Speaking of surgeon general, do we still have one? She’s been awful quiet and out of sight since she got sworn in. Maybe there is no real surgeon general, and Obama swore in a cardboard cutout. 🙂

    2. Whether trans-fats are unhealthy or not is not the issue. The issue is whether you want the government to have the ability what you do and don’t have the right to put in your body. Especially when they still demonize salt and sat. fats and use “science” to back it up. You really want them to have that power?

      And how is libertarianism anti-paleolithic, or even wrong? I don’t interfere with you, you don’t interfere with me and up and until the point where our actions interfere with another’s rights, it’s no one else’s business what we eat, watch, who we marry, or anything else. If you see something wrong with the most basic and biggest tenet of libertarianism, you really need to self-examine yourself.

      1. I totally agree. Maybe instead of banning things, we could work on educating the general public on what is actually in their food. I’m consistently shocked at the number of people who ask me about why I eat this way, and then truly have no idea what they are eating, nutrient-wise. Food related disease may become less of a problem if, as a society, we weren’t quite so ignorant about our food choices.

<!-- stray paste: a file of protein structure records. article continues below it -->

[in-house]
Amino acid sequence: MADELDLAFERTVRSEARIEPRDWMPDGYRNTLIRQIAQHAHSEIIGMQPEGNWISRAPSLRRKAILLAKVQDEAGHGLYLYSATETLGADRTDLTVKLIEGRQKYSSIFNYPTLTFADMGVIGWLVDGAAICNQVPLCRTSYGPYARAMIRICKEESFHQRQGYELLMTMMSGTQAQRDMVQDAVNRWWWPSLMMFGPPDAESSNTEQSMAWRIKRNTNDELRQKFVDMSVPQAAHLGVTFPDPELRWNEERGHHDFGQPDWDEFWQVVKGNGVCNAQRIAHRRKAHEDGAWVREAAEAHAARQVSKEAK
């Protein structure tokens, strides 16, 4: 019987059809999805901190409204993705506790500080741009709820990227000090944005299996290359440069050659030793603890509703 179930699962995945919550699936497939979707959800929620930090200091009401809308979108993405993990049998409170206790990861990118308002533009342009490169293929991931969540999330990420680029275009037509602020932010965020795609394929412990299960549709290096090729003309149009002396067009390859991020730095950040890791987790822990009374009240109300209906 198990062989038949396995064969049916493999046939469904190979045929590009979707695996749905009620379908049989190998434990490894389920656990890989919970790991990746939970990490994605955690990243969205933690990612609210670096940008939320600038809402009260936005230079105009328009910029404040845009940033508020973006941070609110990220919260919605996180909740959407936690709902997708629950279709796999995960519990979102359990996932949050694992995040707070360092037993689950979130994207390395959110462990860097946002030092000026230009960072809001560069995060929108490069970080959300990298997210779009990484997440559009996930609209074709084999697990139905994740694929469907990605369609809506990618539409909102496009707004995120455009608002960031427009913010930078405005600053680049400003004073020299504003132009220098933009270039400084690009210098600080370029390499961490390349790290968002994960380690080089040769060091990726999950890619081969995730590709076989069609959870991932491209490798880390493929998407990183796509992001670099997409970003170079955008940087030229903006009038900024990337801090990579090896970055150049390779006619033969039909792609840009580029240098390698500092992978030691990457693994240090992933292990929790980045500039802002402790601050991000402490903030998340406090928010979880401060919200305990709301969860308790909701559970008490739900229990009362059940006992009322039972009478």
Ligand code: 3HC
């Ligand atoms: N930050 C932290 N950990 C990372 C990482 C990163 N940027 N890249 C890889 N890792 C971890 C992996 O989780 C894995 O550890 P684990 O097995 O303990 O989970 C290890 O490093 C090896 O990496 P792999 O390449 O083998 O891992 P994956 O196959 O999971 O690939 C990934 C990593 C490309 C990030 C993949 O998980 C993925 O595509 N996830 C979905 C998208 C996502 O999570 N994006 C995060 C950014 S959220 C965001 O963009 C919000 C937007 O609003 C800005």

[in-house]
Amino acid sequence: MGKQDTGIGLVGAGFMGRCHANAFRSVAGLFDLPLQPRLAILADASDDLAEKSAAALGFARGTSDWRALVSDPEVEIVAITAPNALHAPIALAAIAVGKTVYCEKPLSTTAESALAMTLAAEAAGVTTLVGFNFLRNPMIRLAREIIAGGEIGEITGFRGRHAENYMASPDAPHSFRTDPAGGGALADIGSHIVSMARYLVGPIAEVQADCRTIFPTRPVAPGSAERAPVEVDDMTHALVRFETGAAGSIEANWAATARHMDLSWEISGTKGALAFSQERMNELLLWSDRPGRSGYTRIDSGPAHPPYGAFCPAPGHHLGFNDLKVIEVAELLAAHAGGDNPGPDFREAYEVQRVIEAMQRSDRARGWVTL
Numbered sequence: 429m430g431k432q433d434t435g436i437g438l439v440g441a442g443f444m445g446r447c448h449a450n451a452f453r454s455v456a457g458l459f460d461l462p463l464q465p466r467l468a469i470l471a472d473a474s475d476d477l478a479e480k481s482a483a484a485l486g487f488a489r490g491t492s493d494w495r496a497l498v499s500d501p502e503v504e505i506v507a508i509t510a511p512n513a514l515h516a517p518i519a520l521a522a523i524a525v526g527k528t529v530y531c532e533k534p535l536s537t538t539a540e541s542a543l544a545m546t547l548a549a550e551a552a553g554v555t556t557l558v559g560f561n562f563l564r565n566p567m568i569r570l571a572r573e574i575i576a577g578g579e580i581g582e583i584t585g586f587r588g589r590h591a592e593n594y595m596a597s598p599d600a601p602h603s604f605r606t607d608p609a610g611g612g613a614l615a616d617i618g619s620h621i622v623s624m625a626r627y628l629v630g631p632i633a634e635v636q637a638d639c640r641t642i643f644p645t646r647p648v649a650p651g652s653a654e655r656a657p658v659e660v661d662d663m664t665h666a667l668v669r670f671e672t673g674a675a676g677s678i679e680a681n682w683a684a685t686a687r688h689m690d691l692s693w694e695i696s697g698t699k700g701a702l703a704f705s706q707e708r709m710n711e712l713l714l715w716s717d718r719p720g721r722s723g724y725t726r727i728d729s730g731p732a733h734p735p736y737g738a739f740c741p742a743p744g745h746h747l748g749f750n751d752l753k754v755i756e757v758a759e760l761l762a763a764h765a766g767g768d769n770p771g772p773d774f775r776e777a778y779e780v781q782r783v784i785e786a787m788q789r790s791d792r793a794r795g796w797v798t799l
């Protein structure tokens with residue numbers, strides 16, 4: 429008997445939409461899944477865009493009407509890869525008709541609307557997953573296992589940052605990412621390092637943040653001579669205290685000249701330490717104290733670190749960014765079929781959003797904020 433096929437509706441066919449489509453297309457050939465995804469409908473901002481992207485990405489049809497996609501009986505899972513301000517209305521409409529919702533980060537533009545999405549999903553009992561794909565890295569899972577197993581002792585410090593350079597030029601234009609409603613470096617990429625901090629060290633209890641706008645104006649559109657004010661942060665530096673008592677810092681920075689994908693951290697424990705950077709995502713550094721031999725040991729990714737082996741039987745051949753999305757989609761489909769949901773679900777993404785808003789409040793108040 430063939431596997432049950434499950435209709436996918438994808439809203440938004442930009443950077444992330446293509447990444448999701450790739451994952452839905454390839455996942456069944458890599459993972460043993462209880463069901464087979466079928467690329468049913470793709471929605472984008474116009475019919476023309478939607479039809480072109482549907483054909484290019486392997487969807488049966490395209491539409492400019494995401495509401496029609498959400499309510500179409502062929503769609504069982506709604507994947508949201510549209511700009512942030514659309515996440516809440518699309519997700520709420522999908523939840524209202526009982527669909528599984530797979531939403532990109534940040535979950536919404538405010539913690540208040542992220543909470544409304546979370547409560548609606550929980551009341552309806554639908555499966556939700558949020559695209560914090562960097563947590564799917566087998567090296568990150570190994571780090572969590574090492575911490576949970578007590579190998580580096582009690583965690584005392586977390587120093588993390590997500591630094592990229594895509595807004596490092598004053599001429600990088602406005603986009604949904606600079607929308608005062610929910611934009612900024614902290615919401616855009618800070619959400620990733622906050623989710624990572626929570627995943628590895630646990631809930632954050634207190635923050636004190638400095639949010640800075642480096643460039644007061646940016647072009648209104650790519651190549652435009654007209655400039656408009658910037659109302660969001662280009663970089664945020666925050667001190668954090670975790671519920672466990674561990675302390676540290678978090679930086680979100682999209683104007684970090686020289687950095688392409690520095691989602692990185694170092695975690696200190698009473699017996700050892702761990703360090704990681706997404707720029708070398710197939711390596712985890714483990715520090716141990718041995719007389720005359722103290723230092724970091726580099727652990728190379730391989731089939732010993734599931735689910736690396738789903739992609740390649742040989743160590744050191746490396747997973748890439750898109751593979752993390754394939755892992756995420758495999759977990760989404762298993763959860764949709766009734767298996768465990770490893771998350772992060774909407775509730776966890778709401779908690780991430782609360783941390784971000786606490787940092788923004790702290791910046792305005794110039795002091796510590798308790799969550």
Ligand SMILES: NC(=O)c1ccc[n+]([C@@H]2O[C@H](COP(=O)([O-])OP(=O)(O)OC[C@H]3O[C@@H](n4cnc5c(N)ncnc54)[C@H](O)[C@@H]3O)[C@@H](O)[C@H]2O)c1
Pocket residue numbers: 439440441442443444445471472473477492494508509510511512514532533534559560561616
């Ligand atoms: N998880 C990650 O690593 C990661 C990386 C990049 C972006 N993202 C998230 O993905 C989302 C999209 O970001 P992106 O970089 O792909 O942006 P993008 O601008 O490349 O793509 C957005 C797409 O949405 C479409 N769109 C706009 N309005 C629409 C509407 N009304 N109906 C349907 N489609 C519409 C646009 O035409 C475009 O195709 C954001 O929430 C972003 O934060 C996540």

3. I agree with BillP as this move is likely to improve the health of many Americans.

      While some people might be concerned that saturated fat or salt will be next, bear in mind:

      That it took Fred Kummerow a bit of effort to get this to happen

      With saturated fat* and salt there is a debate, whereas there isn’t really a debate as to whether artificial trans fats are bad. Besides, the view of the mainstream is not that saturated fat is bad, but that polyunsaturated fats are better

      * https://www.karger.com/Article/FullText/324749

      1. Agreed. I see a number of people using the disingenuous “slippery slope” argument.

        1. It is a slippery slope, and it is not a “disingenuous” argument.

        2. It’s not a slippery slope argument, it’s the whole slope. What is disingenuous is to say that certainly government will stop with this. It doesn’t take a tin hat to observe how government works.

    4. You’re the fella putting your trust in the same group that OK’d aspartame (among countless other unnecessary and harmful pharmaceuticals and food additives). Now who is really posturing for the sake of some bogus idea or group?

    5. Yeah I’m a non-trans fat ban either but I too take the libertarian approach here – in the same way that I don’t think ultra size sodas should be banned either. People are going to buy what they’re going to buy and eat what they’re going to eat.